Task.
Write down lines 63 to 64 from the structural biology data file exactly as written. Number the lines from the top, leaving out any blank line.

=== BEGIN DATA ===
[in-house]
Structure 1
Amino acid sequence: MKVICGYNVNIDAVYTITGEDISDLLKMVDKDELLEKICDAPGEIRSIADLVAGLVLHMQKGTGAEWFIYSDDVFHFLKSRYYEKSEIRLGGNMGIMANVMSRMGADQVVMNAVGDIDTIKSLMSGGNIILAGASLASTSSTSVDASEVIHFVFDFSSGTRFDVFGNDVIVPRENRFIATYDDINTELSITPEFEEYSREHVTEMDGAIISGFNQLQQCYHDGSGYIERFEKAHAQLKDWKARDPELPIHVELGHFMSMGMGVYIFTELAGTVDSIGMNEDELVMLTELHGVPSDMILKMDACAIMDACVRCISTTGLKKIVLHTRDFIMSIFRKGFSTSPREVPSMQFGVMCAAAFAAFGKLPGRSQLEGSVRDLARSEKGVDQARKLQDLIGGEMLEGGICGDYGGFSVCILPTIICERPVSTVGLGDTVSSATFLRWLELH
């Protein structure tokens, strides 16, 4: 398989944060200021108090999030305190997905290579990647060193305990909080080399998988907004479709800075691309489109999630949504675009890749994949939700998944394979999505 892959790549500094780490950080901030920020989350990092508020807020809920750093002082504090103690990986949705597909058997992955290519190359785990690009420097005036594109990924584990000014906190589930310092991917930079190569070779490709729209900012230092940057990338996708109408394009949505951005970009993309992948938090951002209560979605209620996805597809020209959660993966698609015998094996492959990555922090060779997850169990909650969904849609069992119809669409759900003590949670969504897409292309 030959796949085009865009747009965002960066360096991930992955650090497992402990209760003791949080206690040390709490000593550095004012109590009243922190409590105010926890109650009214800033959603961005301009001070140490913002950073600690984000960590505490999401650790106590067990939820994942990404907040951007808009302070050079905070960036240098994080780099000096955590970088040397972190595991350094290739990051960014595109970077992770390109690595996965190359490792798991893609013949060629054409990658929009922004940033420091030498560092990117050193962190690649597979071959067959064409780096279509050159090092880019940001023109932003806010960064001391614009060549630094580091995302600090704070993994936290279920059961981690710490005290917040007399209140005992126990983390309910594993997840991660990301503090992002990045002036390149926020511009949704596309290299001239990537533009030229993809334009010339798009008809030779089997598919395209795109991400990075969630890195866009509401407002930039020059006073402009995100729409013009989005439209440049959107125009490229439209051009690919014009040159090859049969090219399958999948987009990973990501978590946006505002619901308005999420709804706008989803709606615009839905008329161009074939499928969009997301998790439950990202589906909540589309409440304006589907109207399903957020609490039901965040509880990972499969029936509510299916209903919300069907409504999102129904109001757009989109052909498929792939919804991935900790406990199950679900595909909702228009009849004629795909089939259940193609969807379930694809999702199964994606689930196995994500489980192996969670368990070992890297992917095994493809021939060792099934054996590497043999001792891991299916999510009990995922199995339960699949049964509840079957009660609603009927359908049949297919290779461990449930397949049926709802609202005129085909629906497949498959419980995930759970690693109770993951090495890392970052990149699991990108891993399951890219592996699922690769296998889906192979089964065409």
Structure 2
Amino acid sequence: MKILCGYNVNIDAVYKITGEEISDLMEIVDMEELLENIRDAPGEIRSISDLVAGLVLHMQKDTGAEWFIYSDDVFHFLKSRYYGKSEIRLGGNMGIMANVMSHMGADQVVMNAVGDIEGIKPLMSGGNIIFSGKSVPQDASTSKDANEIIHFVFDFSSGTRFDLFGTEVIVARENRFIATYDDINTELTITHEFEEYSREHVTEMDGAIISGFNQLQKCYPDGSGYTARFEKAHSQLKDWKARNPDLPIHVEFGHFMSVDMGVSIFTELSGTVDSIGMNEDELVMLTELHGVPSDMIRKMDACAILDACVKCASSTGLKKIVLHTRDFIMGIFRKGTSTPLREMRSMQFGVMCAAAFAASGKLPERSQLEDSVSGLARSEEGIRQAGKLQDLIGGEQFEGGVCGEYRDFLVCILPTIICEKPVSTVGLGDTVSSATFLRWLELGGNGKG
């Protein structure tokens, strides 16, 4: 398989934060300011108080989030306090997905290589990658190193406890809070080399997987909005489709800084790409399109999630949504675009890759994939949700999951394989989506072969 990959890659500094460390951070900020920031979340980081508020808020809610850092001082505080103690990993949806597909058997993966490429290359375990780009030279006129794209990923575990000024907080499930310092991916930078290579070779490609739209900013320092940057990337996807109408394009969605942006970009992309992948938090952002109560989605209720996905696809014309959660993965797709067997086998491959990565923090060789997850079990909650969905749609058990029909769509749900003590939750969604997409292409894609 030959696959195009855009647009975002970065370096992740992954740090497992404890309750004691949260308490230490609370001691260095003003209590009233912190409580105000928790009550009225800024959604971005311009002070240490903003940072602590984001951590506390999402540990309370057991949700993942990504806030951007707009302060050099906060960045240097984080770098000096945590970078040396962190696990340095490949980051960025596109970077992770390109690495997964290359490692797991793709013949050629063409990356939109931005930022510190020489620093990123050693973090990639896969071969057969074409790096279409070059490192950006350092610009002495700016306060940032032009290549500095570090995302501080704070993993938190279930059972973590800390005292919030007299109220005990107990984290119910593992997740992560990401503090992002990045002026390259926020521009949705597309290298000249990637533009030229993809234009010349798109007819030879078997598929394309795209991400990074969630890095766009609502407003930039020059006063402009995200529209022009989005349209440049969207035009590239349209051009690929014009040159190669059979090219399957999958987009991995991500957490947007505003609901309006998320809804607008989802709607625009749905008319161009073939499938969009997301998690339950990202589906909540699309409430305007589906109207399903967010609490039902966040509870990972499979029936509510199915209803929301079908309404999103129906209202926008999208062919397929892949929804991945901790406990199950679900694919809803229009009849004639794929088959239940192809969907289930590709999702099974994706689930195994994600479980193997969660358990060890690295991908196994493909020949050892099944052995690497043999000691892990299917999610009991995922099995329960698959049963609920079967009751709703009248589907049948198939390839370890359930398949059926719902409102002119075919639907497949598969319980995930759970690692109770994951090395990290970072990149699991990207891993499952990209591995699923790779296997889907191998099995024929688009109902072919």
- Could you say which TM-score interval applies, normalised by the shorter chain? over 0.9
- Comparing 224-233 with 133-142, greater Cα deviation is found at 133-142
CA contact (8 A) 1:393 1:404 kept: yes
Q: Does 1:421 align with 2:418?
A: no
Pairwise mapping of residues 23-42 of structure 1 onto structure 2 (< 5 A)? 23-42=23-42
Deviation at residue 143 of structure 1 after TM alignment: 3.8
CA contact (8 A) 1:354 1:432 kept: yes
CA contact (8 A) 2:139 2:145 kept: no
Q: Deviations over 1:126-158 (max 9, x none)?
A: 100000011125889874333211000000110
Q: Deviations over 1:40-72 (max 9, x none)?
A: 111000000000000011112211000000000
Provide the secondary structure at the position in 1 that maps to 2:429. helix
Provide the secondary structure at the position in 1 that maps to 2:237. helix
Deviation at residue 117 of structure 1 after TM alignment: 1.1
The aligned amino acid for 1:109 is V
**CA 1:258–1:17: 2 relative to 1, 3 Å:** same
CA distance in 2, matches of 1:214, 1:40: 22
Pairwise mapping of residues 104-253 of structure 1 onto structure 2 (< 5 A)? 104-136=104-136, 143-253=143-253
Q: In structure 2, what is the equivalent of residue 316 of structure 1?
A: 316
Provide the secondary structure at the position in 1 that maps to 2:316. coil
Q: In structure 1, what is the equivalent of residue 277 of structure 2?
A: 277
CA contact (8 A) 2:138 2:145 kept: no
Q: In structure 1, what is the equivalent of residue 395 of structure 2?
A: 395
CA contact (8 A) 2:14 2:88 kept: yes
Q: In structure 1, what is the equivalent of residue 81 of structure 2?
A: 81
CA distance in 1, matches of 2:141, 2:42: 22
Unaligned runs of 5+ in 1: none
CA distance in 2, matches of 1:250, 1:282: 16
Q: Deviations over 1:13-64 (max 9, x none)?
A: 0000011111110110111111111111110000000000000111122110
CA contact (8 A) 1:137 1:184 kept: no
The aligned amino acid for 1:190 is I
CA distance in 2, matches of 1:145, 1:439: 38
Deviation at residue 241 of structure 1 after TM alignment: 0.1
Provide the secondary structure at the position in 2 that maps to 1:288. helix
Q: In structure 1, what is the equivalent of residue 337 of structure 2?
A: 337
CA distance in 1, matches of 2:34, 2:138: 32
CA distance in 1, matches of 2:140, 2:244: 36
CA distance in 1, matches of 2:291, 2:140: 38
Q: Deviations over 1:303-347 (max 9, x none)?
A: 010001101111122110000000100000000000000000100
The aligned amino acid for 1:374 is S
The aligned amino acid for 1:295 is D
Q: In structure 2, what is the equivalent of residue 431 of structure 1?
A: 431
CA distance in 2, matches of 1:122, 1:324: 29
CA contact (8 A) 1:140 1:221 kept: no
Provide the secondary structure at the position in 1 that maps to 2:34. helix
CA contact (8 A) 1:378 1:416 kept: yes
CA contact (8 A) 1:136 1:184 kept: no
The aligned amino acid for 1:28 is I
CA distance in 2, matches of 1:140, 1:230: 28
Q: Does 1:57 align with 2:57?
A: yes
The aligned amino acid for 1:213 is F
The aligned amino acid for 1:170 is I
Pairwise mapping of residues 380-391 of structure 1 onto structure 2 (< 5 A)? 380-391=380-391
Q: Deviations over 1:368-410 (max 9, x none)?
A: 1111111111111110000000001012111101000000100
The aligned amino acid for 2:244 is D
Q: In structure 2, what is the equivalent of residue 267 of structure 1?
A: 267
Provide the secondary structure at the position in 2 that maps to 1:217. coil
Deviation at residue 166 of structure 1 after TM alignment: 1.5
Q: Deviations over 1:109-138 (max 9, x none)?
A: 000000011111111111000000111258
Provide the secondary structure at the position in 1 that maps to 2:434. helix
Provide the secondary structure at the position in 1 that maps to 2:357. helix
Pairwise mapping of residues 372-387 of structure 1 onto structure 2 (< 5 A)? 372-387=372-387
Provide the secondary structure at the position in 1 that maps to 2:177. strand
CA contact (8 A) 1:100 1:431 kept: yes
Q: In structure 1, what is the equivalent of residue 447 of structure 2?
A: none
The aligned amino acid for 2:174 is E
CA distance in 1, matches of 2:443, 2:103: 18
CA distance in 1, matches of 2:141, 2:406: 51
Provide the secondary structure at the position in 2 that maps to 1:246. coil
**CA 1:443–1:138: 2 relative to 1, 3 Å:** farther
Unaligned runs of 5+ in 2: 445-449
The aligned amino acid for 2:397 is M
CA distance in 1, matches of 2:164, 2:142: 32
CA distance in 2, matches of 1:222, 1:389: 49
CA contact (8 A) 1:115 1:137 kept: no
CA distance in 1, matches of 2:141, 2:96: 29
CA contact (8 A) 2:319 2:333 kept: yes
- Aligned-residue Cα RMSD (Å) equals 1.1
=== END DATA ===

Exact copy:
CA contact (8 A) 1:378 1:416 kept: yes
CA contact (8 A) 1:136 1:184 kept: no